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  • Top Ranking Title Tags

    A title tag is like an introduction to your webpage. It’s kind of like the answer to the question “Tell me about yourself in 80 characters or less”. The title tag is the VERY FIRST thing the search engine robots read when they visit your site, and for this reason alone what you put in them is hugely important. You know what they say about first impressions!

    The best way to determine what should go in your title tag is to look at the specific page and ask the question, “What is this page ABOUT?” If the page is about hotel rooms in Charleston, you should probably include some of that in your title tag. This is not just for the bots – the title tag turns up as the ‘headline’ on the results pages; the underlined description that consumers click on to go to your site.

    If you can come up with a title tag that provides all the relevant information to the bots while still proving highly appealing and interest catching for the consumer, you are in like Flynn. This is where knowing the target key phrases comes in handy.

    Rules for Title Tags:

    Title tags should be between 65 and 80 characters in length, and that includes spaces. Some webmasters insist anything over 65 is pushing the envelope. Punctuation should not be used unless absolutely necessary; neither should ’stop words’ like ‘and’, ‘if’, ‘or’ and ‘are’. Proper Title case should be used to make your result stand out.

    The Title tag should start with the primary keyword phrase for that page. This is the most strategic phrase; the search terms you are hoping to rank for. By using the best strategic keyword phrases selected from your keyword research, you can ensure tat your title tag is optimized for maximum effect.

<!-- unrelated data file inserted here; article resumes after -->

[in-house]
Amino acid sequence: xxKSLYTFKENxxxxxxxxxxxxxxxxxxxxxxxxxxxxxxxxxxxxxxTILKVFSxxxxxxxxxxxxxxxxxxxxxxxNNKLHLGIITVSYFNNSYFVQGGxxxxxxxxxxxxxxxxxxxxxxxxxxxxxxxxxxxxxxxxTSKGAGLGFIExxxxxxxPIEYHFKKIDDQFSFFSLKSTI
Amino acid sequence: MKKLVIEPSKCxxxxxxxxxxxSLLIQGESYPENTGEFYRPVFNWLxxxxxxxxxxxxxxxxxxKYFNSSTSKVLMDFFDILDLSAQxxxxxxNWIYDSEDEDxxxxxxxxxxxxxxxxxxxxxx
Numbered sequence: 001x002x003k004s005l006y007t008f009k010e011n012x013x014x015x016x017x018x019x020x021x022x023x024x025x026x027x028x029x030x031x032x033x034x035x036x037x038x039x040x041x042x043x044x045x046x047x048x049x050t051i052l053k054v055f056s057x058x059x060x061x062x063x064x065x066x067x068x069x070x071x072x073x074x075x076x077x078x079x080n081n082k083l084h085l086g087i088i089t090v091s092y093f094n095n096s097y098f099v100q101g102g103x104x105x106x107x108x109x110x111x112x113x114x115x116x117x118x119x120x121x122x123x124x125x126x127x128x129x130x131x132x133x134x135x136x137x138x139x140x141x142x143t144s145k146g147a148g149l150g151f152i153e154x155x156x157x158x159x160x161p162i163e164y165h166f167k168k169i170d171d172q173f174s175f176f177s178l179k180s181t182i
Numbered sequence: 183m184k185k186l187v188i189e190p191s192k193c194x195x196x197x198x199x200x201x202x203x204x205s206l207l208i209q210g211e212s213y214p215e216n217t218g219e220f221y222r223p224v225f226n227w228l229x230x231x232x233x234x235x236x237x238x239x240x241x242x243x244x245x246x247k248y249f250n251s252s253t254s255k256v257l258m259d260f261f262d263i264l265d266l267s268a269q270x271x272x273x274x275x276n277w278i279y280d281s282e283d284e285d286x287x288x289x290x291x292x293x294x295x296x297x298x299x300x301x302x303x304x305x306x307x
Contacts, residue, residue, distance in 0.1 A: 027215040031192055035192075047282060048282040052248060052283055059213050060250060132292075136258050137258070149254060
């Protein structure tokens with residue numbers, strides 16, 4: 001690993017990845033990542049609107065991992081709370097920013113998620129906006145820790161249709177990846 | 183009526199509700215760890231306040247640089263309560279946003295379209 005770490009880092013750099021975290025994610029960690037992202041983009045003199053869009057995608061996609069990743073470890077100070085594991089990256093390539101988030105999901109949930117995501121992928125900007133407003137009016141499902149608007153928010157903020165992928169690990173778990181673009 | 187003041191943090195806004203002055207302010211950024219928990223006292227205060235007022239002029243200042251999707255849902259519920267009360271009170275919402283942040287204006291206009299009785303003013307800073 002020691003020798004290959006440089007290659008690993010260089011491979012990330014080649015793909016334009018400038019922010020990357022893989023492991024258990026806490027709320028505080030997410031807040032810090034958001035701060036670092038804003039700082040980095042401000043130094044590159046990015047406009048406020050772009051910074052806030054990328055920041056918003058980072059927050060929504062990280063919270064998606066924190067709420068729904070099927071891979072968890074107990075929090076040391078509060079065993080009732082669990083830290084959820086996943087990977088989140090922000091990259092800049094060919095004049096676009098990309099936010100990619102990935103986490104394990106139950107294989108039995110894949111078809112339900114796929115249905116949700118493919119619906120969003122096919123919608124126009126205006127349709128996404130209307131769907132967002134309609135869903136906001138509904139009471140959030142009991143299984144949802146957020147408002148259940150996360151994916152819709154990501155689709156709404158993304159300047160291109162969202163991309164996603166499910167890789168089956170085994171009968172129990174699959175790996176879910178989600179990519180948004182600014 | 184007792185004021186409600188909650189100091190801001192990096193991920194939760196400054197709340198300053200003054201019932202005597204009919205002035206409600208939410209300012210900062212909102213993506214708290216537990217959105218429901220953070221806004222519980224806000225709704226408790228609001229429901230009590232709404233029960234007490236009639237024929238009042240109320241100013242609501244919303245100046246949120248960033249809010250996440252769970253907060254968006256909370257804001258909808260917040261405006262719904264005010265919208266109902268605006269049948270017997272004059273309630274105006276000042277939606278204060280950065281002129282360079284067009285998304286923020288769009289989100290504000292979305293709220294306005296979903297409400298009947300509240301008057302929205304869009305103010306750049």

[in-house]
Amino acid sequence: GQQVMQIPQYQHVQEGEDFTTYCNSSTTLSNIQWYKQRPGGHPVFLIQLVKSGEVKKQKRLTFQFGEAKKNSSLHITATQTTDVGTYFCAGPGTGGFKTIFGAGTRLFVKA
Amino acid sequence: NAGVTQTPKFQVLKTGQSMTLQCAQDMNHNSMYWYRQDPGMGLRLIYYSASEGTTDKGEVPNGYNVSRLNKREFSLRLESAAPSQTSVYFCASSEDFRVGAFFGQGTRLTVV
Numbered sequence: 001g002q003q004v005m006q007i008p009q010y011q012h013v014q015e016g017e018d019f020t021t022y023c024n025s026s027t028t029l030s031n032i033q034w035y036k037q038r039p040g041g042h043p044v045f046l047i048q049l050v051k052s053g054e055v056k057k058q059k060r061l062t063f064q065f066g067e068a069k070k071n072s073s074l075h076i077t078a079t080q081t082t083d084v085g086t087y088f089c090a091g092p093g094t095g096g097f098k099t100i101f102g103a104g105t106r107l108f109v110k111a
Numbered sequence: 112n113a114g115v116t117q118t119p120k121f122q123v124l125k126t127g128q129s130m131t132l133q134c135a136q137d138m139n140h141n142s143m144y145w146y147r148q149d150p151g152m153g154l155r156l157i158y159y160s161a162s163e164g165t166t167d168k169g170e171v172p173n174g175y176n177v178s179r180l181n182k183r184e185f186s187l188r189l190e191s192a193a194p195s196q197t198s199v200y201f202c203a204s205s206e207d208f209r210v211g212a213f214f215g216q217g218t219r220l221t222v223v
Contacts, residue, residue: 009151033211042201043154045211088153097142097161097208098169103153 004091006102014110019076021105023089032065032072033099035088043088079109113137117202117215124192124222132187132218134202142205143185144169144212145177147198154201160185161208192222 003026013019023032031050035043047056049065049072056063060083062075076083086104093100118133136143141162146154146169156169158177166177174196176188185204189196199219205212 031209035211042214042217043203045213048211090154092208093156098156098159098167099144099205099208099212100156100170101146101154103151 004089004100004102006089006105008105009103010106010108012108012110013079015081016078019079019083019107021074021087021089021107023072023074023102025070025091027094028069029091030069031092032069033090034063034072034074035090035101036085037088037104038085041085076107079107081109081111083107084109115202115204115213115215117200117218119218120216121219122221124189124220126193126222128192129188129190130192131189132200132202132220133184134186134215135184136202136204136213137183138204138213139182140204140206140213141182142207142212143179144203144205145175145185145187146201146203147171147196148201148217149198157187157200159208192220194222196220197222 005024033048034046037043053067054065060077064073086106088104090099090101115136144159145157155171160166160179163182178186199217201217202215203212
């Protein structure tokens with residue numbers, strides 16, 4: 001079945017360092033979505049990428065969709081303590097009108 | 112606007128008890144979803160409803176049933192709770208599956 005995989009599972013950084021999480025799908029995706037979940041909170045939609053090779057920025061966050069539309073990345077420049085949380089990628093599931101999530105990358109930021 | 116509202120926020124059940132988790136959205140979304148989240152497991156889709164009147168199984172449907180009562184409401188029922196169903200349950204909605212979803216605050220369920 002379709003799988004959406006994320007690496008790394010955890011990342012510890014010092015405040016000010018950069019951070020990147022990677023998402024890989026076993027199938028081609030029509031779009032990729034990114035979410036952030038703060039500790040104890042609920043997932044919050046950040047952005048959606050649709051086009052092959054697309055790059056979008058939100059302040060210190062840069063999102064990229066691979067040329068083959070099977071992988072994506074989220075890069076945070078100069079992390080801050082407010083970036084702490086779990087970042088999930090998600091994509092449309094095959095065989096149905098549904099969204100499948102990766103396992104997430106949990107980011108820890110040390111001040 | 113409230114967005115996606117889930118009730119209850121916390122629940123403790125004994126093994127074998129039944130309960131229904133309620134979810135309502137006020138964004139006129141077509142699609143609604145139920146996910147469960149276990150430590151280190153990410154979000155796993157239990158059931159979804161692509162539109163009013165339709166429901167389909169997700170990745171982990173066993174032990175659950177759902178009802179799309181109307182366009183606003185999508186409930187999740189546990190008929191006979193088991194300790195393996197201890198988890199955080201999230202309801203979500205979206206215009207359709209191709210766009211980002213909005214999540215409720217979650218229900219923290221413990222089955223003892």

Unless you are not yet included on the first result page on Google, you should avoid overuse of the company or business name. Save the name of the hotel or company and use it in a just a few of the title tag pages for your whole website.

    Try to use unique words in the title tag; don’t just stuff it with repetitive keywords. You can use the location name twice if necessary, or vary words by using singular or plural, but otherwise your title tags should read cleanly and logically. Use alternative synonyms if you need to repeat an idea.

    Use ‘&’ instead of ‘and’ – it will give you back two character spaces! Also, if you include two keyword phrases in one title tag, you can use a dash to separate them – but not more than one dash per tag.

    Don’t use any punctuation at the end of your title tag – not a period, not a question mark, not an exclamation mark.

    If you follow the simple format and focus on drawing the consumer in and convincing them you have what your are looking for, your title tag will do its job – which is pulling traffic.


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